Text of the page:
I got it wrong; history repeated...

By Ashwin Tombat
26 May 2019 13:37 IST

I got it wrong. Very wrong. In fact, the election result was nearly the diametrical opposite of my prediction.

This was the BJP’s election to lose. In UP and the Hindi heartland the NDA had won 192 out of 215 seats in 2014 (89 per cent). In the three states of Western India (Gujarat, Maharashtra and Goa) they got 70 out of 76 seats (92 per cent). Retaining those seats against alliances of caste-based parties in UP and Bihar that had individually contested in 2014, was going to be very, very difficult.

On the other hand, Tamil Nadu, Kerala, Andhra Pradesh, Telangana, Karnataka, Odisha and West Bengal together account for 192 seats. The NDA had won just 24 seats from these states, of which 17 were from Karnataka. Except to a small extent in Karnataka, West Bengal and Odisha, the NDA was not about to increase its tally much in these states.

A serious dent in the NDA’s Hindi heartland and Western India tally could cut the NDA’s final figure well short of a majority, making it the largest single grouping in parliament. It would need further allies to form a government.

This was far from impossible. In Gujarat’s 2017 assembly election, the Congress won 77 seats to the BJP’s 99. It then won assembly elections in Madhya Pradesh, Rajasthan and Chhattisgarh in December 2018.

The Congress and Rahul Gandhi’s mendacity and unwillingness to accept the existential battle they were in — refusing to make deep compromises to build alliances — had already ruled them out as winners. But at least they could come back as a serious Opposition!

Or so I thought…

But the BJP’s remarkable social engineering saw the party gain nearly 10 per cent greater vote share in UP. The BJP won fewer seats than in 2014 only because of Akhilesh Yadav and Mayawati’s Mahagathbandhan — the only pocket of resistance against the saffron surge.

The BJP turned traditional political wisdom built around caste identities on its head. It constructed a majoritarian identity embodied in a single person — Narendra Modi — and successfully projected this as an election where he was the only option. The voter could either choose him, or reject him and hope for the best.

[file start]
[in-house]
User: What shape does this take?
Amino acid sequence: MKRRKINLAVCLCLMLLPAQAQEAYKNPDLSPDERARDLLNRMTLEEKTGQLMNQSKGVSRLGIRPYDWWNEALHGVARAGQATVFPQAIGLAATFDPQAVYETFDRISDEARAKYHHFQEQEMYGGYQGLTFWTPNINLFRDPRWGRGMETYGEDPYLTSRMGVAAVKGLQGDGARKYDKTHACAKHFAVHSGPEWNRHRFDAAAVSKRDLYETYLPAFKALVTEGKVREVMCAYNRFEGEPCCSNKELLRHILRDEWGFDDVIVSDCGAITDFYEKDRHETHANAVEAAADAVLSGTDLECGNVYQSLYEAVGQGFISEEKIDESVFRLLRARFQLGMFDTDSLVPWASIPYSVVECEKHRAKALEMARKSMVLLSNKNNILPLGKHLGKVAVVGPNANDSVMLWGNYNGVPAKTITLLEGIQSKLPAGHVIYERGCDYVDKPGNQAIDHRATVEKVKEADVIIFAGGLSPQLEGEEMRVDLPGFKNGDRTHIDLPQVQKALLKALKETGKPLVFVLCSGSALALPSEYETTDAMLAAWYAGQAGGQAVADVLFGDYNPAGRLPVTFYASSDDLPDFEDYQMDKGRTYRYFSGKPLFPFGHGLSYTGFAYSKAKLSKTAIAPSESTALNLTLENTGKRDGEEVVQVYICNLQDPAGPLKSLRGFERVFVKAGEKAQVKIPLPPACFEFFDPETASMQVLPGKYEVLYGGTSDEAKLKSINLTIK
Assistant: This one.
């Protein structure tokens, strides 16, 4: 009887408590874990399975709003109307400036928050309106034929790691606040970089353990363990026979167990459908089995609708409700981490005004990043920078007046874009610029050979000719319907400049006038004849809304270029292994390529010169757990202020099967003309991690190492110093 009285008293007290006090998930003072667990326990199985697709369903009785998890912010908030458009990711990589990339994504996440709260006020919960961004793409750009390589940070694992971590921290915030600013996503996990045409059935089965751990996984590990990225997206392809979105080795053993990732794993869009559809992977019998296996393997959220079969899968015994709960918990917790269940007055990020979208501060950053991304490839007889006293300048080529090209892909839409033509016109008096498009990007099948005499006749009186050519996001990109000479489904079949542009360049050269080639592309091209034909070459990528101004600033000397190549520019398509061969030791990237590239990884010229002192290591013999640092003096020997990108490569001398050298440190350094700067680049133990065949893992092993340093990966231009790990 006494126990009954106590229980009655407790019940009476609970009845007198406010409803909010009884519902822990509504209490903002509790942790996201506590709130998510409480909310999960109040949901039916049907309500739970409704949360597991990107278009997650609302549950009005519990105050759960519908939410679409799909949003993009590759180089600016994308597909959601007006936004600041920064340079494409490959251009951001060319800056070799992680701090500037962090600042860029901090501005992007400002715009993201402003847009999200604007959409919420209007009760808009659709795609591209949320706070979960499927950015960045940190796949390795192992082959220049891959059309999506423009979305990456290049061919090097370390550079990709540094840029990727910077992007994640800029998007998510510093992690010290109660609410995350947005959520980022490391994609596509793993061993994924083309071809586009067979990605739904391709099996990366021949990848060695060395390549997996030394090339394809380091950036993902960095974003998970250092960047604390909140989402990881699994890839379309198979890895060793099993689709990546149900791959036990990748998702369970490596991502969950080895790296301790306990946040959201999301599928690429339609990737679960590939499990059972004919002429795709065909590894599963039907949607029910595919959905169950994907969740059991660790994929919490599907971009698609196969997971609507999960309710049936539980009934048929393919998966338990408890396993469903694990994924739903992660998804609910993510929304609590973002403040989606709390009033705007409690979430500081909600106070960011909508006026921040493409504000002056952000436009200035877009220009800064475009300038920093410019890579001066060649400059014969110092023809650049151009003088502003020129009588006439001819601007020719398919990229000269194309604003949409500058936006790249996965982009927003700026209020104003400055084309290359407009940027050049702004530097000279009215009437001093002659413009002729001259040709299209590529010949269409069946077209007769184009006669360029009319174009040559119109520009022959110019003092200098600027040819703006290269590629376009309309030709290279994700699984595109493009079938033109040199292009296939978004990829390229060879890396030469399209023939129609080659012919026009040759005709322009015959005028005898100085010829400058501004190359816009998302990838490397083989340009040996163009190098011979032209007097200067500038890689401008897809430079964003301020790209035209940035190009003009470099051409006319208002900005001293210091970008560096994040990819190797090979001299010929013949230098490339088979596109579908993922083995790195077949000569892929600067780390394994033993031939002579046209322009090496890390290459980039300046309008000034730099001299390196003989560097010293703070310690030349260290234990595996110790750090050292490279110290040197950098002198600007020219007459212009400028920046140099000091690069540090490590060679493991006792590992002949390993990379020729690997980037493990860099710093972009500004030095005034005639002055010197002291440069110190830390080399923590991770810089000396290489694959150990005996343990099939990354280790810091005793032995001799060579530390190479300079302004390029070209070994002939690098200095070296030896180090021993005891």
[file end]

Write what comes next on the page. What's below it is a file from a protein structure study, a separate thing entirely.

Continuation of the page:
The BSP-SP had Jatav, Yadav and Muslim votes. The BJP mobilised 40 non-Yadav ‘most backward’ castes and Dalit Passis, who are in rivalry with Jatavs.  With a 10 per cent increase in vote share, the NDA should have won all 80 seats in UP. They won fewer seats than in 2014 only because of the Mahagathbandhan. In fact, it could have won around 15 more seats if the Congress hadn’t played ‘vote-katua’ in UP.

The RJD’s Bihar alliance was more carefully constructed. It had, apart from the traditional Muslim-Yadav vote bank, the Rashtriya Lok Samata Party of Upendra Kushwaha, extremely backward caste leader Jiten Ram Manjhi’s Hindustani Awam Morcha and Mukesh Sahani’s Vikassheel Insaan Party. Plus, it had the Congress, to seal the minority vote.

But it was an uneasy, last-minute alliance. There were far too many ‘friendly fights’. Principal vote gatherer Lalu Prasad Yadav was behind bars. Like all bickering marriages, it failed to work.

The election also showed that people can vote completely differently for assembly and parliamentary elections. This, even when they are held simultaneously — and the voter has to push buttons in adjoining booths — as happened in Odisha.

Not securing an alliance with the Vanchit Bahujan Aghadi (VBA) cost the Congress-Nationalist Congress Party (NCP) dearly in Maharashtra. Bharipa Bahujan Mahasangh chief Prakash Ambedkar joined hands with Asaduddin Owaisi’s All India Majlis-e-Ittehad-ul-Muslimeen (AIMIM) to form the VBA. The Congress-NCP refused to take it seriously, and spurned an alliance. VBA contested all 48 seats independently.

Had the Congress-NCP alliance included the VBA, it could have won 12 to 15 seats more in Maharashtra. As it happened, the VBA won one seat, while the Congress won none.

One last word about ‘Mahagathbandhans’. In February 1972, then Prime Minister Indira Gandhi, who was saddled with a minority government dependent on the support of Communist parties, Socialists, DMK, Akali Dal and independents, called a snap poll.

The opposition parties — the Cong(0), the Jan Sangh (which later became the BJP), the Swatantra Party and the Samyukta Socialist Party (SSP) — formed an electoral alliance known as the ‘Grand Alliance’. Roughly translated, it means ‘Mahagathbandhan’.

Indira Gandhi’s Congress(R) swept the polls, winning 352 of the 518 Lok Sabha seats — a two-thirds majority. The then ‘Mahagathbandhan’ suffered a crushing defeat.

The players may be in opposite roles, but history does repeat itself.

Blogger's Profile

Ashwin Tombat

Ashwin Tombat has been the Editor of Gomantak Times and Herald. Worked as an Associate Editor of national magazine Gentleman in Mumbai, before shifting to Goa. Loves sailing, also participates in Marathons. Has worked as an activist in students's union and trade unions in Maharashtra. Also an artist of Street Theatre during student days.

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